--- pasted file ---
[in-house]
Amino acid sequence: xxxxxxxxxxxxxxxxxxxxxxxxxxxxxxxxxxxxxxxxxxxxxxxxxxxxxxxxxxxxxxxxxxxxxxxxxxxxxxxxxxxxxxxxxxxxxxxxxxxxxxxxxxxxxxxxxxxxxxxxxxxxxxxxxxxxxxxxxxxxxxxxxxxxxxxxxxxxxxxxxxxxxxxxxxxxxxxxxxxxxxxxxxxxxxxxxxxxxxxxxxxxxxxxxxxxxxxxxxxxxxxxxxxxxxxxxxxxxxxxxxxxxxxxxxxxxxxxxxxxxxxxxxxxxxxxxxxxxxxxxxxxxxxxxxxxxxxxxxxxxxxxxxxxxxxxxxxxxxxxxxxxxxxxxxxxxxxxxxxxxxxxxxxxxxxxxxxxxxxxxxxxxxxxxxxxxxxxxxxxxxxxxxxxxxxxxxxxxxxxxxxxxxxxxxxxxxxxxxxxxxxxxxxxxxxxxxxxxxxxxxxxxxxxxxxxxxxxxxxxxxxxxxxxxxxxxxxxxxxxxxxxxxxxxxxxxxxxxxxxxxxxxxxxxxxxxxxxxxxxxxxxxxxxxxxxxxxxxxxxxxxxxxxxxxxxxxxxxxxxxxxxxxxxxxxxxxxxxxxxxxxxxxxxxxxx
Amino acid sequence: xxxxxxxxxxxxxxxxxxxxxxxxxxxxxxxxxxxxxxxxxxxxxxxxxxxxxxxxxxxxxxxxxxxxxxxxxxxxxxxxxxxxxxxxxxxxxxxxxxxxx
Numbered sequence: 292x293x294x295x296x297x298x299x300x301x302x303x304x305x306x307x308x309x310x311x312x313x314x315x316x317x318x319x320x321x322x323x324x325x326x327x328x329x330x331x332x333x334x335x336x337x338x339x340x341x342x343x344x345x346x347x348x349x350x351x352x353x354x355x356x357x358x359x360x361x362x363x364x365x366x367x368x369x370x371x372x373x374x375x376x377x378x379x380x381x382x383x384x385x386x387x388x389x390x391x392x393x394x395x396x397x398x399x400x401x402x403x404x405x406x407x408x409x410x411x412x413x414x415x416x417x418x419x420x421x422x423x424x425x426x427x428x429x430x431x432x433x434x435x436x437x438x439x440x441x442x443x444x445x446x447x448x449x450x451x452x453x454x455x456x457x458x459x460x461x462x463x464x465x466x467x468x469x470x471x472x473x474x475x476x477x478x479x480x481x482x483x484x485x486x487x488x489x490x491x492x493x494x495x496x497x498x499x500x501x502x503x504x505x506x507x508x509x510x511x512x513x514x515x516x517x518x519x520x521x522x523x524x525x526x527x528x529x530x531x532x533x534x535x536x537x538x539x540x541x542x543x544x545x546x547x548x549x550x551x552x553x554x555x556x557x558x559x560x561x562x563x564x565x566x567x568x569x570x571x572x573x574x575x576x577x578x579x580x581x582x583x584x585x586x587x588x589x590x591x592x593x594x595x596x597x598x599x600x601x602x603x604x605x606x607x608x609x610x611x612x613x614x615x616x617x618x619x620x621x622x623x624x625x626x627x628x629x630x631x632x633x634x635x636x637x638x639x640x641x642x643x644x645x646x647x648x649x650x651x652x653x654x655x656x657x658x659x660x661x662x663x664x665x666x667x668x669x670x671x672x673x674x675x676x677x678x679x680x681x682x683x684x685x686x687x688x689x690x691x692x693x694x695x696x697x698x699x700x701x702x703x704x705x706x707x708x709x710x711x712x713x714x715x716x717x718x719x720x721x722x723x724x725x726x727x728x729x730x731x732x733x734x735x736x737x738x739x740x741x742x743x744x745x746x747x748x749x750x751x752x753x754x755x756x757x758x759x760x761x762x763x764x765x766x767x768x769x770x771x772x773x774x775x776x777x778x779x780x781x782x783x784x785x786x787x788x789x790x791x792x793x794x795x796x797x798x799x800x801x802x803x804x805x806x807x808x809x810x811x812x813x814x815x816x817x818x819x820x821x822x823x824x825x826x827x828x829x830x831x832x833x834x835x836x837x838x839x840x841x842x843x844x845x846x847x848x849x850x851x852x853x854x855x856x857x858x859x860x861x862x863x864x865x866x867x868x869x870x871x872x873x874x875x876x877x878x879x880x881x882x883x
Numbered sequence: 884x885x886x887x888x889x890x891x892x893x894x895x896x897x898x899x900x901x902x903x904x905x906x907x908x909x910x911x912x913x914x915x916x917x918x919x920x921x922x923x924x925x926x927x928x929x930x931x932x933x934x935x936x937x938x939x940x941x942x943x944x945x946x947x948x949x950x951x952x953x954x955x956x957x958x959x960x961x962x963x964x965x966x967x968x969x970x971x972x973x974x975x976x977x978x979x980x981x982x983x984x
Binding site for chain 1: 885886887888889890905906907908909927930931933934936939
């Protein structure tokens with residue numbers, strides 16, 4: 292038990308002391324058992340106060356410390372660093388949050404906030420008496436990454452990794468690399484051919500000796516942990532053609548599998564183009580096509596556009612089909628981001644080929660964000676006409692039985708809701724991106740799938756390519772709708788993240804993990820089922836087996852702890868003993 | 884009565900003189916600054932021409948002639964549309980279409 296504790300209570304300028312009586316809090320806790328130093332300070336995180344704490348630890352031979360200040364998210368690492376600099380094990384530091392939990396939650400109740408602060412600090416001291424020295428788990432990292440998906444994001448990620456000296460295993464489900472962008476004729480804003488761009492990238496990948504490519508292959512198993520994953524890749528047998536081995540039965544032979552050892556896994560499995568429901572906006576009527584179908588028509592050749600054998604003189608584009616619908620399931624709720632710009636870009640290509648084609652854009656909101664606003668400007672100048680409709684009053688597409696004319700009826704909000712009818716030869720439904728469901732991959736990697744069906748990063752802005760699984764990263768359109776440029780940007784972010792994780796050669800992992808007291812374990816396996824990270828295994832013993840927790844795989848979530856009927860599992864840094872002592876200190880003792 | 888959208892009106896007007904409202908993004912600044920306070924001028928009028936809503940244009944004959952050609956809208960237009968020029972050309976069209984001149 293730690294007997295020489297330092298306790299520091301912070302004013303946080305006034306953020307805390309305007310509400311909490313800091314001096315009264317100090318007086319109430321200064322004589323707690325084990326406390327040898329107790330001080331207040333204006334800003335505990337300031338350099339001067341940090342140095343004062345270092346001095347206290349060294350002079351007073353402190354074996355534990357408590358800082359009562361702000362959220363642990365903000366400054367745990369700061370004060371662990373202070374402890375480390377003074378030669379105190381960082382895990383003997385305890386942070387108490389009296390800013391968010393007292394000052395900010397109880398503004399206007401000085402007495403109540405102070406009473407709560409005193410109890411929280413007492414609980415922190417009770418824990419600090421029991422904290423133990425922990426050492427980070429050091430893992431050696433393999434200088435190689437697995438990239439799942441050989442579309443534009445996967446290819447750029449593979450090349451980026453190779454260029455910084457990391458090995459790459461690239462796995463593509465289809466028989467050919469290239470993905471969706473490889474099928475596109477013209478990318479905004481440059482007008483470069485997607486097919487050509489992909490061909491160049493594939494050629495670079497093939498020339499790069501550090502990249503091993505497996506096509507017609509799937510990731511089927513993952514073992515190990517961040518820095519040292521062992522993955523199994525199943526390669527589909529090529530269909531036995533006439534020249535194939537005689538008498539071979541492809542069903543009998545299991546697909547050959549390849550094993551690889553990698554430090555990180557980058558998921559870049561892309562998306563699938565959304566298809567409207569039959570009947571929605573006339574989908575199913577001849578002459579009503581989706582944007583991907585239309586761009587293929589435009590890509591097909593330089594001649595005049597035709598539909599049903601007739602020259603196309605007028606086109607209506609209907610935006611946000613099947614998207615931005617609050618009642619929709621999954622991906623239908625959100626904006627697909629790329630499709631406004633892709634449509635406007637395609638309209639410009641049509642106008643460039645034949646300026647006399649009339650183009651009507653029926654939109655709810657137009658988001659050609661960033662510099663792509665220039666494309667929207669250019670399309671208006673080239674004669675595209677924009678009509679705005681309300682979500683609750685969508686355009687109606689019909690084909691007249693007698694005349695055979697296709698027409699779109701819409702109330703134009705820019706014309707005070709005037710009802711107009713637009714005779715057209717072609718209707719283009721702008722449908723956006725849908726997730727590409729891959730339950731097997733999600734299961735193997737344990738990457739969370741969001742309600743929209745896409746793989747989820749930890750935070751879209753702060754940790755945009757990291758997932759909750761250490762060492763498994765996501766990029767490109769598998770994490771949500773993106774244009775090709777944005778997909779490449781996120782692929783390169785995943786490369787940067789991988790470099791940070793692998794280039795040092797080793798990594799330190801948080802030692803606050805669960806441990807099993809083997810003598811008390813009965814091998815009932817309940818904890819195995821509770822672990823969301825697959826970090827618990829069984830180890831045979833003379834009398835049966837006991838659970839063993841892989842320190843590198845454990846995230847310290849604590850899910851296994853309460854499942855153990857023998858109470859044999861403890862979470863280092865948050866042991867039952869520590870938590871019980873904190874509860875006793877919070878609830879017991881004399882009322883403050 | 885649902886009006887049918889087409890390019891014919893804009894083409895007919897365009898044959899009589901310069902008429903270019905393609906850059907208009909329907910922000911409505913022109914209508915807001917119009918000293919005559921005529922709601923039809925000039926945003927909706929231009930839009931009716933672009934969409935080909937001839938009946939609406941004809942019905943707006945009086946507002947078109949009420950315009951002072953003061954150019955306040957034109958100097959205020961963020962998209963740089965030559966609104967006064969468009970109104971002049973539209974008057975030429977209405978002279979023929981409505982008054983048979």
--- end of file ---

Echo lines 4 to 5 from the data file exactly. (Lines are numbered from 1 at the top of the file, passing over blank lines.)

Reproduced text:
Numbered sequence: 292x293x294x295x296x297x298x299x300x301x302x303x304x305x306x307x308x309x310x311x312x313x314x315x316x317x318x319x320x321x322x323x324x325x326x327x328x329x330x331x332x333x334x335x336x337x338x339x340x341x342x343x344x345x346x347x348x349x350x351x352x353x354x355x356x357x358x359x360x361x362x363x364x365x366x367x368x369x370x371x372x373x374x375x376x377x378x379x380x381x382x383x384x385x386x387x388x389x390x391x392x393x394x395x396x397x398x399x400x401x402x403x404x405x406x407x408x409x410x411x412x413x414x415x416x417x418x419x420x421x422x423x424x425x426x427x428x429x430x431x432x433x434x435x436x437x438x439x440x441x442x443x444x445x446x447x448x449x450x451x452x453x454x455x456x457x458x459x460x461x462x463x464x465x466x467x468x469x470x471x472x473x474x475x476x477x478x479x480x481x482x483x484x485x486x487x488x489x490x491x492x493x494x495x496x497x498x499x500x501x502x503x504x505x506x507x508x509x510x511x512x513x514x515x516x517x518x519x520x521x522x523x524x525x526x527x528x529x530x531x532x533x534x535x536x537x538x539x540x541x542x543x544x545x546x547x548x549x550x551x552x553x554x555x556x557x558x559x560x561x562x563x564x565x566x567x568x569x570x571x572x573x574x575x576x577x578x579x580x581x582x583x584x585x586x587x588x589x590x591x592x593x594x595x596x597x598x599x600x601x602x603x604x605x606x607x608x609x610x611x612x613x614x615x616x617x618x619x620x621x622x623x624x625x626x627x628x629x630x631x632x633x634x635x636x637x638x639x640x641x642x643x644x645x646x647x648x649x650x651x652x653x654x655x656x657x658x659x660x661x662x663x664x665x666x667x668x669x670x671x672x673x674x675x676x677x678x679x680x681x682x683x684x685x686x687x688x689x690x691x692x693x694x695x696x697x698x699x700x701x702x703x704x705x706x707x708x709x710x711x712x713x714x715x716x717x718x719x720x721x722x723x724x725x726x727x728x729x730x731x732x733x734x735x736x737x738x739x740x741x742x743x744x745x746x747x748x749x750x751x752x753x754x755x756x757x758x759x760x761x762x763x764x765x766x767x768x769x770x771x772x773x774x775x776x777x778x779x780x781x782x783x784x785x786x787x788x789x790x791x792x793x794x795x796x797x798x799x800x801x802x803x804x805x806x807x808x809x810x811x812x813x814x815x816x817x818x819x820x821x822x823x824x825x826x827x828x829x830x831x832x833x834x835x836x837x838x839x840x841x842x843x844x845x846x847x848x849x850x851x852x853x854x855x856x857x858x859x860x861x862x863x864x865x866x867x868x869x870x871x872x873x874x875x876x877x878x879x880x881x882x883x
Numbered sequence: 884x885x886x887x888x889x890x891x892x893x894x895x896x897x898x899x900x901x902x903x904x905x906x907x908x909x910x911x912x913x914x915x916x917x918x919x920x921x922x923x924x925x926x927x928x929x930x931x932x933x934x935x936x937x938x939x940x941x942x943x944x945x946x947x948x949x950x951x952x953x954x955x956x957x958x959x960x961x962x963x964x965x966x967x968x969x970x971x972x973x974x975x976x977x978x979x980x981x982x983x984x